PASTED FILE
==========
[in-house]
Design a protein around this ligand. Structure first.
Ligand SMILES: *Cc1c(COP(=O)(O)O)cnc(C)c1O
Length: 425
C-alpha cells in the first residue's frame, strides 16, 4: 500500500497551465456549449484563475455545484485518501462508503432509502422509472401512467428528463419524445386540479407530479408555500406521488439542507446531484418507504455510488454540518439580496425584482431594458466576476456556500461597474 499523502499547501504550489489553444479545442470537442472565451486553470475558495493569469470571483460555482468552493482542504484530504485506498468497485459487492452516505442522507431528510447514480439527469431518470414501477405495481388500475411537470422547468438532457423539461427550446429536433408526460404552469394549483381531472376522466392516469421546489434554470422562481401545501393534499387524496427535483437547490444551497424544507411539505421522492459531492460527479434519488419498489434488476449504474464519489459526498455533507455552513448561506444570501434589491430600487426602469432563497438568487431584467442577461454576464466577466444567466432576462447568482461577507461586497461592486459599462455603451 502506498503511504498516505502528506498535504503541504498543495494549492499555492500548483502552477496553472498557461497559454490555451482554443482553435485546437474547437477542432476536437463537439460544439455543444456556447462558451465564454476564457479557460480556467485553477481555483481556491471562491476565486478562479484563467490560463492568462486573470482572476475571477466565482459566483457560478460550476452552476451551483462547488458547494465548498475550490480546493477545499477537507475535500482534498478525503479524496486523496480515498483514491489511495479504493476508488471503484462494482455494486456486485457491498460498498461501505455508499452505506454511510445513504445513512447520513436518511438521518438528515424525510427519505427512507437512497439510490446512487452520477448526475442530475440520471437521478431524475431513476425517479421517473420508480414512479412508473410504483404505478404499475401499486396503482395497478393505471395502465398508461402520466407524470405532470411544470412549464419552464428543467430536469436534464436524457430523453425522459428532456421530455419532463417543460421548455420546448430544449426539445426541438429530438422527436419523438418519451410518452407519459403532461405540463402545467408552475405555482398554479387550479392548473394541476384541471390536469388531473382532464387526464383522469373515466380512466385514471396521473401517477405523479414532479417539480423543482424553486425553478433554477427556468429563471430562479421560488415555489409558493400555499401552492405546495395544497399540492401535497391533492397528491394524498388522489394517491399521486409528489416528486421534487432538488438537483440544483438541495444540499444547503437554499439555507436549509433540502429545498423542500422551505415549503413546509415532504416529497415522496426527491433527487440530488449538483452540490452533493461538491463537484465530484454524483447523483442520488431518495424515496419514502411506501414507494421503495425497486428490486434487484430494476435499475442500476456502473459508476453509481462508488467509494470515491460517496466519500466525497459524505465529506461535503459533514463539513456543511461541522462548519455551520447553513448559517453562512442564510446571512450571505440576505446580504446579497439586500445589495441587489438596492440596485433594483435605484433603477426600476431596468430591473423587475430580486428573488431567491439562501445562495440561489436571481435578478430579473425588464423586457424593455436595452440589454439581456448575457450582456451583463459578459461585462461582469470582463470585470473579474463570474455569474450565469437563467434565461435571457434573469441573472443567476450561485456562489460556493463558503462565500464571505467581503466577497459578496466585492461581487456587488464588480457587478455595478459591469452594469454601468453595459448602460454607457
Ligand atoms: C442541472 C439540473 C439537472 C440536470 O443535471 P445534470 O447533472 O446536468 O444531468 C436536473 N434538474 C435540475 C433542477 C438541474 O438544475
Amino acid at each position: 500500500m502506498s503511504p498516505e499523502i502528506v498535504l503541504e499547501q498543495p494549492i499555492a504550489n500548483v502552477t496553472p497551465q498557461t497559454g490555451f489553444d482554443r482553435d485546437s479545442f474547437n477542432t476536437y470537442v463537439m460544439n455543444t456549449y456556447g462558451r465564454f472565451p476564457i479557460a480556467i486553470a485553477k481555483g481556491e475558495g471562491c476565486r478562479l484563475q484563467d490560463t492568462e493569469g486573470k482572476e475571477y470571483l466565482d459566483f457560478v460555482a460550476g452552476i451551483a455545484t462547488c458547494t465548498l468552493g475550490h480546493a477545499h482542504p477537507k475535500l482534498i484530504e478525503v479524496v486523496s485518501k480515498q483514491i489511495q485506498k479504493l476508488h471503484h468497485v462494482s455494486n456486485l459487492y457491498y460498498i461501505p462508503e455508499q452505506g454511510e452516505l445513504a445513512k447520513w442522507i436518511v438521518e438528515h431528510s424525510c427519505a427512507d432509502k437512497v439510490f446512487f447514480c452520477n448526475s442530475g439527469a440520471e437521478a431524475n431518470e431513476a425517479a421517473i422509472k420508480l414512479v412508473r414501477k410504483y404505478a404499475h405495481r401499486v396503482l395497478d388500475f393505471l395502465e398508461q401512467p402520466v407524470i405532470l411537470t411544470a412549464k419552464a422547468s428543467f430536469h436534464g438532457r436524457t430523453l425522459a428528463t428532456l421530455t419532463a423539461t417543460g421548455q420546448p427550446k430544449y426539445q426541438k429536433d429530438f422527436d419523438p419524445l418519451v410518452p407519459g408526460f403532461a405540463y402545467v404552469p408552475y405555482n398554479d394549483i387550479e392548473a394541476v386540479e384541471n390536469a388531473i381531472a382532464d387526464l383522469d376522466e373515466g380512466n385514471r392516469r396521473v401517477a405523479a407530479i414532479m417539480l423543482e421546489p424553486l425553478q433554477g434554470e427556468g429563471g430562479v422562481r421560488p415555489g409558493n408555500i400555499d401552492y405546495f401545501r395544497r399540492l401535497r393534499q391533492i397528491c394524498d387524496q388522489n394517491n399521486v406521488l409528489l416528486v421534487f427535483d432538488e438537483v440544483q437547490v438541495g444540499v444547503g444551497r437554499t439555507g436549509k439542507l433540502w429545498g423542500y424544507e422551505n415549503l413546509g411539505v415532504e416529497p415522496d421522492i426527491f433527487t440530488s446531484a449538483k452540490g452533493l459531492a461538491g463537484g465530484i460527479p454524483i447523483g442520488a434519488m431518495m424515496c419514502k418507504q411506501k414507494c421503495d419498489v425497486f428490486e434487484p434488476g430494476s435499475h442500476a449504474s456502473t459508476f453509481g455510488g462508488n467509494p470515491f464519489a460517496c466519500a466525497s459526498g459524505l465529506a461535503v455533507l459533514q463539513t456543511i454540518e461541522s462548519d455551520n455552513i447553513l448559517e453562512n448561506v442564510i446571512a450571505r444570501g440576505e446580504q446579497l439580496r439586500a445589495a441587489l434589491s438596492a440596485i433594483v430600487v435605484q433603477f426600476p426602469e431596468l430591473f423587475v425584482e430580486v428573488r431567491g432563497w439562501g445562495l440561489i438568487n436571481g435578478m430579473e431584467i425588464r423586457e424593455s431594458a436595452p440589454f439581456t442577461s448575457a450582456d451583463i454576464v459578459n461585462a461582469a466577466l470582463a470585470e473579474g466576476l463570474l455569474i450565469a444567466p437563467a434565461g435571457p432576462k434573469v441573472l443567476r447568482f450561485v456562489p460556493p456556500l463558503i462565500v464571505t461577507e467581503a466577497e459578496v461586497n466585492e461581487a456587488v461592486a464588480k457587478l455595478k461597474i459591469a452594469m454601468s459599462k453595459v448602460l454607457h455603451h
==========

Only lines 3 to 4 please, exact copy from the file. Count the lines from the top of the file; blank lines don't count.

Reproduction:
Ligand SMILES: *Cc1c(COP(=O)(O)O)cnc(C)c1O
Length: 425